With Spring well settled in here in New Zealand, we are getting glimpses of the longer, warmer days to come. And every year summer is getting hotter and hotter. This hot weather is prime time to be out and about working and playing with your horse, as well as for busy eventing schedules getting underway. It also gives the equine owner a few new things to think about when it comes to health and safety. The never ending possibilities for horse care would take pages and pages, maybe books to cover, so I'm going to stick to a few of the most important.
The sun! The biggest influencing factor in summer is the sun, obviously. Horses are very easily affected by heat, and if you don’t account for this it can lead to heat stress that becomes fatal heat exhaustion or stroke.
- Consider your horse’s condition. Increasing their time under the saddle quickly means they need time to adjust, shed winter weight and get back in shape. Make sure you’re warming up and cooling down your horse properly every time you ride. Sponging down sweaty areas, such as around the girth, can help prevent problems down the track.
- Make sure they always have access to fresh, cool water. They can drink around 40 litres a day.
-If you notice symptoms like lethargy, breathing issues, poor performance etc, use the pinch test to determine if your horse is dehydrated. Pinch your horses skin between two fingers. If the skin springs right back, you’re good. If it stays pinched when you let go for longer than a second, start taking steps to cool and re-hydrate your horse ASAP. If symptoms are still persisting after an hour, contact your vet.
- Consider stabling horses on extra hot days, and turning them out at night instead. Try to make sure they have access to shelter or shade when out in paddocks during the day.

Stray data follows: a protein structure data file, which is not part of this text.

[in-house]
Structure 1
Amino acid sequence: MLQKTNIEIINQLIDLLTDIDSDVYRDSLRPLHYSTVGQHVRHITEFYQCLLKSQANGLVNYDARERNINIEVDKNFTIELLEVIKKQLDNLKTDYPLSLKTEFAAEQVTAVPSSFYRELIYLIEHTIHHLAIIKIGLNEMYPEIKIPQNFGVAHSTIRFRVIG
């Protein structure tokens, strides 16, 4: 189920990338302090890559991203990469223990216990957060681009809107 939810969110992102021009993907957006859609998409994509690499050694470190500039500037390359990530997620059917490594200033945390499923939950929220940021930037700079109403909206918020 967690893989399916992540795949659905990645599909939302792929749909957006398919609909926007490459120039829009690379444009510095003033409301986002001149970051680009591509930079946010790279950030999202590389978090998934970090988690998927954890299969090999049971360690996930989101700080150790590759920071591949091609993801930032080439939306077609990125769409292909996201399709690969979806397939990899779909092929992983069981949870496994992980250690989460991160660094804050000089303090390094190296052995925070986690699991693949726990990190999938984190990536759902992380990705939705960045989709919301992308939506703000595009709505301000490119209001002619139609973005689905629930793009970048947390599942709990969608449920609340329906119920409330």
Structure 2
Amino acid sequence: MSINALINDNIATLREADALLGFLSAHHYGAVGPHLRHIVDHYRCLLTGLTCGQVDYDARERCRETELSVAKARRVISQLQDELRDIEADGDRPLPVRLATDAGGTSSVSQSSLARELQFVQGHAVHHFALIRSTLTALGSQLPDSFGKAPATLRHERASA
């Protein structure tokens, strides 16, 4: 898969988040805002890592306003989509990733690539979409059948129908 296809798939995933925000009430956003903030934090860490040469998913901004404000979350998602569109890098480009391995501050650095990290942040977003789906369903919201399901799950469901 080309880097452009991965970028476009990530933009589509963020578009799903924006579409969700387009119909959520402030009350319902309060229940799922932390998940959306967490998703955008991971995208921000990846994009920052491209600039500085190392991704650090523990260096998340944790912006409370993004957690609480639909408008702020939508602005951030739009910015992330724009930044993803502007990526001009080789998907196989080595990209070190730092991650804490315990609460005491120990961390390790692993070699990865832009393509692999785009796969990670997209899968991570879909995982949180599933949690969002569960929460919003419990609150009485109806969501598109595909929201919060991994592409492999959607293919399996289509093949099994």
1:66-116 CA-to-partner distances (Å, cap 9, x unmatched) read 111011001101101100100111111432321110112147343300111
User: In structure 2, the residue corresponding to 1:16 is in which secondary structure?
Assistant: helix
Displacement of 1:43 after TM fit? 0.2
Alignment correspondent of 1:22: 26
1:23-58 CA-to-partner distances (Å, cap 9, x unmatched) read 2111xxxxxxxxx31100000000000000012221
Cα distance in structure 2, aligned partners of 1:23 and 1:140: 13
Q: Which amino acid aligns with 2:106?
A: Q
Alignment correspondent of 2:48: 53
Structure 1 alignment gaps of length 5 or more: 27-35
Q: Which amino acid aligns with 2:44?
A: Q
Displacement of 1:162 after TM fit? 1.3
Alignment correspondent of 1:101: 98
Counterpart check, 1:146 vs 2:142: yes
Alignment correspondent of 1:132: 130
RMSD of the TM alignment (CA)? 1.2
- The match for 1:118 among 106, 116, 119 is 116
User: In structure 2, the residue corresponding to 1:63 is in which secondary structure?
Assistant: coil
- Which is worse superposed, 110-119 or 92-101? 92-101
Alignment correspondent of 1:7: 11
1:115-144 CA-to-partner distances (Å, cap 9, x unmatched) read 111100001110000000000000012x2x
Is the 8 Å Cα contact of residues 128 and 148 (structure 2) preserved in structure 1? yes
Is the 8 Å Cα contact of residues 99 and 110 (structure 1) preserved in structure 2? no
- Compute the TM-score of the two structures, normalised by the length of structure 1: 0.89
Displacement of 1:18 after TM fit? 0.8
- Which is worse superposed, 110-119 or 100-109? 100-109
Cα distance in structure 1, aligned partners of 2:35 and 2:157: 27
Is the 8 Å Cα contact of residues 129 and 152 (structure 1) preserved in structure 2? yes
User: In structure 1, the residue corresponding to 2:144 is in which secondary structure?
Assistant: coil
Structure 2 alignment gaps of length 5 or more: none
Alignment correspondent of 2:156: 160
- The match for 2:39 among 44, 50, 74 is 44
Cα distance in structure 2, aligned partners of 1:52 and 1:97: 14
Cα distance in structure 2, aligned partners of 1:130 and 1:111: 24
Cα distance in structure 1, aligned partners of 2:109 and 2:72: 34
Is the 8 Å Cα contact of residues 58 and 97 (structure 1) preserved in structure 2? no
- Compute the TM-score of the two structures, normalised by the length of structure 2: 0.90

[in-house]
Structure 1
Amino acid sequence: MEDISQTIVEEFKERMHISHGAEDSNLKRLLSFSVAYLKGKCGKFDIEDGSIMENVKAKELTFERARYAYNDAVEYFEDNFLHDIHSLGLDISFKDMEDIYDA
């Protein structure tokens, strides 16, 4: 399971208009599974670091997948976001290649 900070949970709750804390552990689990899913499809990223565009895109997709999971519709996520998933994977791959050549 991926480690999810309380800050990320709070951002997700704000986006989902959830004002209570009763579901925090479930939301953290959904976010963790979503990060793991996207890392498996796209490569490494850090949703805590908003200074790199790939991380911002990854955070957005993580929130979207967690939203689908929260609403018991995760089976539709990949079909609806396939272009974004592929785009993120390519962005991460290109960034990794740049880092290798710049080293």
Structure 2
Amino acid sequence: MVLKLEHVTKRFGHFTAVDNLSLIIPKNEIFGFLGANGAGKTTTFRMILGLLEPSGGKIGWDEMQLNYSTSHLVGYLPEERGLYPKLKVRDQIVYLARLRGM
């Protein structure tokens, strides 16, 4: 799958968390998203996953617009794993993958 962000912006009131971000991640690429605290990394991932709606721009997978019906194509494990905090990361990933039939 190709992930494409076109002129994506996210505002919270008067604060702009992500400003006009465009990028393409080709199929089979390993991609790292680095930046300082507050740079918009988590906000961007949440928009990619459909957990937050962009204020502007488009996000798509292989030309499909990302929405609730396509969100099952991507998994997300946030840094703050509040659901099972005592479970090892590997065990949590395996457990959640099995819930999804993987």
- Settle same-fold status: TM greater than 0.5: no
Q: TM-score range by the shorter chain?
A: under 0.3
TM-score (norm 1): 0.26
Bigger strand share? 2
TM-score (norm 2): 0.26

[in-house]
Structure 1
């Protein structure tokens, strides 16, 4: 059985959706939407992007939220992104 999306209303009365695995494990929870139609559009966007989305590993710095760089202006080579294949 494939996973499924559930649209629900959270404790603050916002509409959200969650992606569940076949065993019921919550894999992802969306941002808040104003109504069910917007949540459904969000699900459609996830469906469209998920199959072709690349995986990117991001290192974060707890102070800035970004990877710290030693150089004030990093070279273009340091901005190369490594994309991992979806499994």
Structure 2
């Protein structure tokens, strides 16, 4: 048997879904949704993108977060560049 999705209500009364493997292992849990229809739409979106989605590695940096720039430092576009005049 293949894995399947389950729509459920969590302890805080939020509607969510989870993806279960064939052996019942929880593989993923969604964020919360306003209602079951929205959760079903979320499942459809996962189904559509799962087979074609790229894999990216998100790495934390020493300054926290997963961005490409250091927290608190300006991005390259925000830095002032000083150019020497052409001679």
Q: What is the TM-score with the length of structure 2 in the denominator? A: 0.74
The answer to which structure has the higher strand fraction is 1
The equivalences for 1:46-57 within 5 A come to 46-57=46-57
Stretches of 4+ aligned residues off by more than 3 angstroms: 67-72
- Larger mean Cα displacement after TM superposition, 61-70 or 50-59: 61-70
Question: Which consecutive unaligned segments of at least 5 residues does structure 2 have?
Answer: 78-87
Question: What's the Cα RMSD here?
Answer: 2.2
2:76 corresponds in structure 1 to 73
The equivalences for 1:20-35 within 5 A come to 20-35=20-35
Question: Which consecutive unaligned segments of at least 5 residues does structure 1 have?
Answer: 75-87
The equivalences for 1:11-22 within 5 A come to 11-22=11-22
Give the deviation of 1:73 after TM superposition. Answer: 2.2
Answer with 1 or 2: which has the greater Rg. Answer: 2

- SUNBLOCK! Horses, like people, can get sun-burnt, especially on any white patches, which are often on faces and legs. There are horse friendly sunblocks available on the market.
Bugs Summer means insects are out in full force, which sucks for us and sucks for our horses. Flies are the big one and while they are a nuisance, they can also cause some serious issues, from disease to hoof issues, from stomping and restlessness. Your best bet at fly control is to make sure they don’t have a good breeding environment available. You can help protect your horse with fly gear and fly repellent, but you want to try to keep the numbers down in general.
- Try to keep manure well away from facilities and paddocks.
- Keep water sources clean and separate from feeding areas
- Wash all garbage bins regularly and make sure they’re fitted with tight lids that are kept closed.
- Weekly cleans of everything. The goal is to break the life cycle, so any big influx of flies suddenly is a good sign you need to look around at what area of care and hygiene could use attention.
You should also play close attention to anywhere on your property that might contain standing water. Old tyres, old buckets etc. that contain standing water are the perfect breeding spot for mosquitoes, which carry their own diseases and are also super annoying in general.
Seasonal Upkeep It’s always important for your horses well being to keep up with regular maintenance that rolls around. Is your horse due worming? Vaccinations? Dental work? How are their hooves? Consider adjusting their feed as their needs change with more exercise and access to abundant grass. Keep a salt lick out in the field with them to replace electrolytes lost through sweating. Now is the perfect time for a fresh clipping and shortening the main and tail, not only will they look great but a fresh do will keep them cooler.
Sweet Itch Sweet itch, Pruritus, Seasonal recurrent dermatitis, it has many names and can have several causes but in general this skin condition peaks through summer as a result of bites from midges and mosquitoes. Your first goal is to eliminate the bugs in the first place if possible, but once you have it in your horse and they’re itching like mad, EquineCare Probiotic is excellent as a topical treatment to heal the itching and help prevent future skin issues in your horse.
As always, if you are unsure about any aspect of your horses well being have them seen by a trusted vet as soon as you can.